My wife and I were admiring Michelangelo’s celebration of pity and compassion, his marble sculpture of the most favored of moms caressing her dead son, just inside the doors of St. Peter’s. In an instant we were ducking back from a swaying sedia gestatoria, man-powered predecessor of the horsepower Popemobile. Pope Paul VI was aboard this Vatican sedan chair. It was close, but Sally and I were spared the embarrassment of being sideswiped by a chair.
Many journalists did not like Paul VI. I did like him, even though I did not like Humanae Vitae, his controversial encyclical on human sexuality. I had served on what Lawrence Cardinal Shehan called the Abortion Committee. Other members included highly regarded experts in theology and medicine. Our job was to explore the issues with Cardinal Shehan, who was a member of the committee appointed by the Pope to advise him before the encyclical was written.
I learned later that Cardinal Shehan had voted against the position taken by Paul VI, as had a majority of the committee. The encyclical stopped the church pendulum on its way up.
Cardinals are still stressed by human life concerns, as they revealed during the October synod in Rome. They disagreed on matters of marriage and divorce, which none of them has experienced, and matters affecting gay life for Catholics, which if experienced would be in academic terms of celibacy, chastity and abstention.
The struggle for wisdom is constant. The cardinals and the pope certainly prayed daily for understanding, for knowing how to apply God’s mercy and justice. This was time for the beatification of Pope Paul VI, the saintly pontiff who years before had denied Italian newspaper reports that his personal views of homosexuality were inconsistent with church teaching. Popes, like presidents, are respected by many and despised by haters. “All the world is full of suffering,” said Helen Keller. “It is also full of overcoming.”
I am eligible to place a Disabled marker on my car. The catch is that the disability that entitles me to the parking spaces prevents me, along with my high regard for pedestrians, from driving a car. This devaluation of my driver’s license occurred in the fourth year of a progressive disease coveted only by spelling bee hosts.
“The whole Christian life,” said the progressive Thomas Merton, “is a life in which the further a person progresses, the more he has to depend directly on God. The more we progress, the less we are self-sufficient. The more we progress, the poorer we get so that the man who has progressed most, is totally poor—he has to depend directly on God. He’s got nothing left in himself.”
The same amazing Thomas Merton also said, “The very contradictions in my life are in some ways signs of God’s mercy to me.”
Suffering is one of the favorite topics in the Bible and on television shows of all sorts, hospital shows, shooting and siren shows, painful pratfall shows, sports bone-crunching shows and of course the news shows, where facts can be smashed and enriched with sound effects.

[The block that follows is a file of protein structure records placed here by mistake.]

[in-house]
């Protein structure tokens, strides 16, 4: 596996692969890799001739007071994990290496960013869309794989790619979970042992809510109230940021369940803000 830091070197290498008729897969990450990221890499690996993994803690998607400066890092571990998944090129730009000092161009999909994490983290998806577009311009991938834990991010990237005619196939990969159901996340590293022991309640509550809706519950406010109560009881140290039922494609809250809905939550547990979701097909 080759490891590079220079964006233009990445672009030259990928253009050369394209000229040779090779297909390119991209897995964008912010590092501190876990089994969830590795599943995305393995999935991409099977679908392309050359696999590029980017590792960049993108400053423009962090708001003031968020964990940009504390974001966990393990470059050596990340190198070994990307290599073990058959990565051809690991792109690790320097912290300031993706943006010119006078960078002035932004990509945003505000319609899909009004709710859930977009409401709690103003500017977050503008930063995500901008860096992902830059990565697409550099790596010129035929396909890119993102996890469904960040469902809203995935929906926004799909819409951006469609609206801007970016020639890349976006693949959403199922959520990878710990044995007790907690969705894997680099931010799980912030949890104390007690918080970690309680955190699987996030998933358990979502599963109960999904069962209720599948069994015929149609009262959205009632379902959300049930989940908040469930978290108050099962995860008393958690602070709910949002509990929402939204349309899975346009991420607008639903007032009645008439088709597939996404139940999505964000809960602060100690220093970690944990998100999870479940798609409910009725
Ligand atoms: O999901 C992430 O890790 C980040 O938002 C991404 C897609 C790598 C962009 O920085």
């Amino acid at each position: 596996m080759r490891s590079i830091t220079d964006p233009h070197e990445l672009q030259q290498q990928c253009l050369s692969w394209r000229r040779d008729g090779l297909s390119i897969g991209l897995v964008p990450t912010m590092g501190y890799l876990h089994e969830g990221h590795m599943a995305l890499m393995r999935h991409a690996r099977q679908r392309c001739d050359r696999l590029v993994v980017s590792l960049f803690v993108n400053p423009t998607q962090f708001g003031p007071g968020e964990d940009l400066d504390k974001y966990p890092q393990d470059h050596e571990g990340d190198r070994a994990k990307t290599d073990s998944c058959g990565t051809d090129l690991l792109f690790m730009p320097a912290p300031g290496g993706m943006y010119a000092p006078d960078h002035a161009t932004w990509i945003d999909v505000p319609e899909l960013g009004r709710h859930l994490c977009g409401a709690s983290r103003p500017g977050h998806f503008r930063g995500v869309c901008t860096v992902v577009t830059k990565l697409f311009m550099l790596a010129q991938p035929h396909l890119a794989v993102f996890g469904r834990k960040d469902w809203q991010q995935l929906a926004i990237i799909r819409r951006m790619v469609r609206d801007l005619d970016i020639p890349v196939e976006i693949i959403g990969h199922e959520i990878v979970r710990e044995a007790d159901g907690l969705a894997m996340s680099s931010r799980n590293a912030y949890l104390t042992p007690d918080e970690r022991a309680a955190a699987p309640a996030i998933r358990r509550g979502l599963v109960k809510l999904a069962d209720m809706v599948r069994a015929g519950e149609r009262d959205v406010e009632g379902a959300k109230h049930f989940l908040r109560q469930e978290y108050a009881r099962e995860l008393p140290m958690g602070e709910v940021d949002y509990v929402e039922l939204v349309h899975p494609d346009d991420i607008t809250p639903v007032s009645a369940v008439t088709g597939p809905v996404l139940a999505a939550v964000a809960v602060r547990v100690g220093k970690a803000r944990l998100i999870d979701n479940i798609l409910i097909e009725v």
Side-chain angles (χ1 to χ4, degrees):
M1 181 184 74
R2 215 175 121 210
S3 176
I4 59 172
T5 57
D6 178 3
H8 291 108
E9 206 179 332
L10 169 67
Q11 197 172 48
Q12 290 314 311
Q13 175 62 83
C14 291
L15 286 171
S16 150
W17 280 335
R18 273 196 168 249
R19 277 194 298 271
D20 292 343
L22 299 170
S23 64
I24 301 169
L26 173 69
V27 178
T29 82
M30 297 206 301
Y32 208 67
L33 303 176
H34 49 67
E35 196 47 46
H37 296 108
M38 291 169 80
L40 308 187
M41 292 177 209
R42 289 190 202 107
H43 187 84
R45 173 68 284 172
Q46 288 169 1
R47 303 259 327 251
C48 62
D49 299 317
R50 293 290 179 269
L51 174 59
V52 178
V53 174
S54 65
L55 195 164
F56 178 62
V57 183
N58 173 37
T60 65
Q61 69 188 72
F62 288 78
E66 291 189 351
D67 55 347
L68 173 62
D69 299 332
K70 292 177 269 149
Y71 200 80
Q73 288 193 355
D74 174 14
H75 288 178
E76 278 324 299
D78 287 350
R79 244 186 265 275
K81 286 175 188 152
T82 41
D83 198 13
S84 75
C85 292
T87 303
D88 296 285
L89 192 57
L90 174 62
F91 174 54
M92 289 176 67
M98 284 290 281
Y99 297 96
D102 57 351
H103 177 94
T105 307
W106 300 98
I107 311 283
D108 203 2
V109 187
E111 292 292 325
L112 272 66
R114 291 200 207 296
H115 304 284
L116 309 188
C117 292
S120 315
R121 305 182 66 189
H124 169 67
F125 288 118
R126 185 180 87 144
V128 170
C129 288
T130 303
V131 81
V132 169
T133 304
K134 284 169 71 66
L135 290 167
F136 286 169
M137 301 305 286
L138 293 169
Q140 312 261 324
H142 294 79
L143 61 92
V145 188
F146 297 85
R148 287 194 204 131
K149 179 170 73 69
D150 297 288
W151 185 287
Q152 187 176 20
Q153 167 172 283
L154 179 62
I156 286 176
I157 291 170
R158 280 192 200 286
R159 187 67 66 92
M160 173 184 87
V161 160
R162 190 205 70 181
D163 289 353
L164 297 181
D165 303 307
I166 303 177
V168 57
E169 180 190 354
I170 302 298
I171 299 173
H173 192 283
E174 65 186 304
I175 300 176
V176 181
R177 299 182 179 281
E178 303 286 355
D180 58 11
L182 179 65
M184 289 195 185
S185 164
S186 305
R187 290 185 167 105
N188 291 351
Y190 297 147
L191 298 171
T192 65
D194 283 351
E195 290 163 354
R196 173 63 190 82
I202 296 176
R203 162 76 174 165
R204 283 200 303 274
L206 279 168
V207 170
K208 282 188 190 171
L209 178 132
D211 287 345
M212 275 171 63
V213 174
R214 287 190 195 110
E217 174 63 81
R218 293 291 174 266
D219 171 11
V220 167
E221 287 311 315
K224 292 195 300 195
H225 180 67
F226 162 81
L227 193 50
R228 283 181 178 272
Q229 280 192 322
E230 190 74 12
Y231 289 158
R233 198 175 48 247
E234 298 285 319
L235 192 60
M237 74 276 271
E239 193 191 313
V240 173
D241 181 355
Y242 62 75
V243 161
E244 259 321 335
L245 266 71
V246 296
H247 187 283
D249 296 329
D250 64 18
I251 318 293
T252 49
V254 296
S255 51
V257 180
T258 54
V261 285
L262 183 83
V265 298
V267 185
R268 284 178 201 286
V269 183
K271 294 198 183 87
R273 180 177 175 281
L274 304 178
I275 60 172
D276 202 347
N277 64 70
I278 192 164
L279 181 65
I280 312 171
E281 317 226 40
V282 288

Pope John Paul II wrote about it in an apostolic letter, Salvifici Doloris (On the Christian Meaning of Human Suffering). He said, “We could say that suffering…is present in order to unleash love in the human person…”
It is easy to cause suffering, and many defy Christ by harming others on purpose, by confounding trespasses instead of forgiving them as Someone suggests in a famous prayer. Suffering is part of every human experience, but causing it in anger or carelessness is to pound a nail into real flesh. My own sledgehammer always misses the nail and nails me in the foot.
Elsewhere in his letter John Paul II wrote, “…in suffering there is concealed a particular power that draws a person interiorly close to Christ, a special grace. To this grace many saints, such as St. Francis of Assisi, St. Ignatius of Loyola, and others, owe their profound conversion. A result of such a conversion is not only that the individual discovers the salvific meaning of suffering but above all that he becomes a completely new person.”
I’m a Catholic Christian, even though a fundamentalist pal says there’s no such thing, and I have many Buddhist friends who seek Nirvana. Most of my Buddhist friends are smarter than I am in one important respect. They stayed in Hawaii.
Second letter of St. Paul to the Corinthians, NRSV, Chapter 11: Verse 16 I repeat, let no one think me foolish; but even if you do, accept me as a fool, so that I too may boast a little. 17* (What I am saying I say not with the Lord's authority but as a fool, in this boastful confidence; 18 since many boast of worldly things, I too will boast.) 19* For you gladly bear with fools, being wise yourselves! 20 For you bear it if a man makes slaves of you, or preys upon you, or takes advantage of you, or puts on airs, or strikes you in the face. 21 To my shame, I must say, we were too weak for that!